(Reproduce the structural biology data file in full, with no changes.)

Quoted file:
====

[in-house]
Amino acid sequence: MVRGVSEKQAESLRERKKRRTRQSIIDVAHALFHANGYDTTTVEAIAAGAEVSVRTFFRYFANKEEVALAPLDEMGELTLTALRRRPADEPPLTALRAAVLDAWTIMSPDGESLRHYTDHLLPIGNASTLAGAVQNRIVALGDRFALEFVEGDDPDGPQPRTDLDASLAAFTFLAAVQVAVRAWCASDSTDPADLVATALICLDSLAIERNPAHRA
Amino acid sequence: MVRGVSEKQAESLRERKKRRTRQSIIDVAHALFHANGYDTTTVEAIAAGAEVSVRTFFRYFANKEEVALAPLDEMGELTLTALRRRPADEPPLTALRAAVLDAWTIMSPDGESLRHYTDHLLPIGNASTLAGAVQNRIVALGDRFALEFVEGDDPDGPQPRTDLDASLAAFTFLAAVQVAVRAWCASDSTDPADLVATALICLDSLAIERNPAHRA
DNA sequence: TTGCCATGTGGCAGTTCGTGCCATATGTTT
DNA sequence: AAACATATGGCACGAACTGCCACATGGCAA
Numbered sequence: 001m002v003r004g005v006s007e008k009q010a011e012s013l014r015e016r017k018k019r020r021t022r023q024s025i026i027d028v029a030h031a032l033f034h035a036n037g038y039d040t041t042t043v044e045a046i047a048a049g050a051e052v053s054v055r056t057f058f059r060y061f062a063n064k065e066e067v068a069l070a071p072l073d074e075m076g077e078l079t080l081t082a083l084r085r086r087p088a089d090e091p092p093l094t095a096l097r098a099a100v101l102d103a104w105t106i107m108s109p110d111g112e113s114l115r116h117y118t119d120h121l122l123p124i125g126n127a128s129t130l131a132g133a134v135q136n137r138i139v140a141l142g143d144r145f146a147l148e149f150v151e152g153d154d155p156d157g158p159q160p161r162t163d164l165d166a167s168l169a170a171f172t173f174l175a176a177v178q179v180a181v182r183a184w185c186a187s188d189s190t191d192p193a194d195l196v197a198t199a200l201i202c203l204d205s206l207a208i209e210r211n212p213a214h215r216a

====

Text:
[in-house]
Amino acid sequence: MVRGVSEKQAESLRERKKRRTRQSIIDVAHALFHANGYDTTTVEAIAAGAEVSVRTFFRYFANKEEVALAPLDEMGELTLTALRRRPADEPPLTALRAAVLDAWTIMSPDGESLRHYTDHLLPIGNASTLAGAVQNRIVALGDRFALEFVEGDDPDGPQPRTDLDASLAAFTFLAAVQVAVRAWCASDSTDPADLVATALICLDSLAIERNPAHRA
Amino acid sequence: MVRGVSEKQAESLRERKKRRTRQSIIDVAHALFHANGYDTTTVEAIAAGAEVSVRTFFRYFANKEEVALAPLDEMGELTLTALRRRPADEPPLTALRAAVLDAWTIMSPDGESLRHYTDHLLPIGNASTLAGAVQNRIVALGDRFALEFVEGDDPDGPQPRTDLDASLAAFTFLAAVQVAVRAWCASDSTDPADLVATALICLDSLAIERNPAHRA
DNA sequence: TTGCCATGTGGCAGTTCGTGCCATATGTTT
DNA sequence: AAACATATGGCACGAACTGCCACATGGCAA
Numbered sequence: 001m002v003r004g005v006s007e008k009q010a011e012s013l014r015e016r017k018k019r020r021t022r023q024s025i026i027d028v029a030h031a032l033f034h035a036n037g038y039d040t041t042t043v044e045a046i047a048a049g050a051e052v053s054v055r056t057f058f059r060y061f062a063n064k065e066e067v068a069l070a071p072l073d074e075m076g077e078l079t080l081t082a083l084r085r086r087p088a089d090e091p092p093l094t095a096l097r098a099a100v101l102d103a104w105t106i107m108s109p110d111g112e113s114l115r116h117y118t119d120h121l122l123p124i125g126n127a128s129t130l131a132g133a134v135q136n137r138i139v140a141l142g143d144r145f146a147l148e149f150v151e152g153d154d155p156d157g158p159q160p161r162t163d164l165d166a167s168l169a170a171f172t173f174l175a176a177v178q179v180a181v182r183a184w185c186a187s188d189s190t191d192p193a194d195l196v197a198t199a200l201i202c203l204d205s206l207a208i209e210r211n212p213a214h215r216a